Unchained Melody: An ode to Newtown Market

By Melody Thomas

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With the cost of food soaring, and more families struggling to put good, fresh kai on the table, Melody Thomas puts forward a case for buying direct from the growers at your local vegetable market. If you can handle it.

Every Saturday, unless I’m away or unwell, you’ll find me at Newtown Fruit and Vegetable Market. Me and my beat-up purple trolley, half collapsed and teetering on a dodgy wheel, doing a careful assessment from the periphery before diving into the throng.

I imagine this is some people’s idea of hell: strangers, friends, long-forgotten one-night stands and politicians pushing for a vote, all crushed into the Newtown School courts, hustling for the week’s best deal. The humanity! The exposure to the elements! The overwhelming array of produce! The Newtown Fruit and Vegetable Market is a timesucking vortex packed with distractions, blocked aisles and blatant disrespect for the laws of queueing, and I can’t get enough of it.

When I was a student, the waterfront markets in town were my local. After we’d bought our tomatoes and potatoes, we’d amble over to the covered section and do the rounds, sampling goat’s cheese, preserved meats and olives, never once purchasing a thing. Over the years I stopped going, opting for the convenience of the supermarket, with its chilly aisles and too-bright lights.

And then I had children. Suddenly, the idea of taking longer away from the house held some appeal. Plus fresh food seemed to be getting more expensive;  and this was a couple of years ago, when $5 for a cauliflower seemed too much. Boy was I in for a surprise!

“Perhaps…” I suggested to my husband “… I should return to the market?” Far too trusting and completely oblivious to my skiving motives, he agreed.

And so began my love affair with Newtown Market.

O Newtown Market! With your $2 coriander and Chinese doughnuts!

O Newtown Market! Where you can leave your trolley and pretty much never be robbed!

O Newtown Market! With your incredible playground! So parents can shop without children! And children can play without parents!!!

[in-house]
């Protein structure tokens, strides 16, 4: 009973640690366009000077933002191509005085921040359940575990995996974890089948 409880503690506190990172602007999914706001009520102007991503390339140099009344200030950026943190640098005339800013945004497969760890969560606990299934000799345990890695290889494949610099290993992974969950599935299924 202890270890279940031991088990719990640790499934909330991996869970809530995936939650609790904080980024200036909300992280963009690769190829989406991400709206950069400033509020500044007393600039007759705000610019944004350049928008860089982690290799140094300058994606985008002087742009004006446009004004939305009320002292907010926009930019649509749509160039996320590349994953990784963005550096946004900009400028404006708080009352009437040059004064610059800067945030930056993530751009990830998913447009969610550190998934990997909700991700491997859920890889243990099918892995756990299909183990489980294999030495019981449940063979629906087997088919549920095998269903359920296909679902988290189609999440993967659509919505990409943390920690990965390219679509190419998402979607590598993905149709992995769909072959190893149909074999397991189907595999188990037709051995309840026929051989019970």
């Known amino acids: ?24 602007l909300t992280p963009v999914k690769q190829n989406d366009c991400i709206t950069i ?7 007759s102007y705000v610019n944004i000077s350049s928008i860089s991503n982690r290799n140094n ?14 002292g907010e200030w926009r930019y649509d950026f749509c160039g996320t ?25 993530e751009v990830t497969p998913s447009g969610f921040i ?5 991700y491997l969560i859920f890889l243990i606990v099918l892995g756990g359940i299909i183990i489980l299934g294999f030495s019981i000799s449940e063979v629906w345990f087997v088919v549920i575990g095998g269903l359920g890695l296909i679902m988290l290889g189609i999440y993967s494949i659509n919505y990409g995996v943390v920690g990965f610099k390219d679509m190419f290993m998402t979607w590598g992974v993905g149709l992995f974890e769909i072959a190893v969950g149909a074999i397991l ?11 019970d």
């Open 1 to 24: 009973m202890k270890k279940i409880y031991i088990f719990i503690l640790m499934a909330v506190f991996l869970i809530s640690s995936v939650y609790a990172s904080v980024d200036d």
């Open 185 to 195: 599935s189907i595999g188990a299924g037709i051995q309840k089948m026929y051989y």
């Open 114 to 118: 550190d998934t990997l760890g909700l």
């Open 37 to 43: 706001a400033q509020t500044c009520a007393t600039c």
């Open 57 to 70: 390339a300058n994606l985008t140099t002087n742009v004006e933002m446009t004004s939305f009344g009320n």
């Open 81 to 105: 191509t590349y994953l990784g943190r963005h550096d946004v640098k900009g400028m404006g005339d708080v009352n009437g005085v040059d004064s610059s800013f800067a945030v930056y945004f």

At Newtown Market, I have learned to look for bunches of grandmothers, gathered around a single crate. Over time, they’ve taught me their ways: pointing out the creamy yellow field spot on a watermelon; directing me to press gently on the ‘button’ on the avocado; discreetly slipping a mandarin segment under the tongue and giving a thumbs-up for sweetness. I’ve learned that the best citrus and avocados come from the Gisborne guys with the free-range eggs, that the stall nearest the playground has the freshest, leafiest greens and herbs, and that it’s impossible to be grumpy about rain or queues when faced with the unfalteringly cheery vendor by the hospital gate (l love you, vendor).

Choosing the market over the supermarket comes with many advantages, but there are also risks. You will inevitably buy fruit that turns overripe the moment you get it to your car. You’ll think you’ve found a bargain, only to find that same thing cheaper, looking fresher, at a different stall. You will find so many great deals – on spinach, spring onions, coriander, apples – that you will never again buy these things happily from the supermarket, at two or three times the price.

And of course the market operates in its own time zone, which must be respected. Try to hurry and you’ll inevitably find yourself in line behind a bulk-buying restaurant owner, or someone who’s doing all their shopping at the one stall (amateur!) One time the then-Prime Minister Jacinda Ardern showed up, on her birthday! Are you telling me you could have hurried off, skipping the very New Zealand-opportunity to bellow happy birthday to the PM? Doubtful. 

Plus half your friends are here. You can’t go by without saying hello! There’s Stan by the tofu stand, buying fishcakes for the whānau. Grayson and little Billie with their arms full of greens. Amber who runs a taco truck and always has the intel on top produce (jazz apples for the win!) You haven’t lived till you’ve tried to catch up with a friend next to the duelling buskers, who could have set up at opposite sides of the market but somehow, inexplicably, choose to play very different songs at max volume side by side.

Recently, something terrible happened. My husband suggested we get a vegetable box subscription. Sure, he allowed, they’re more expensive, but if you account for the time and petrol saved, maybe the difference wouldn’t be too much?

It’s sound reasoning, but it doesn’t take into account one thing: my happiness.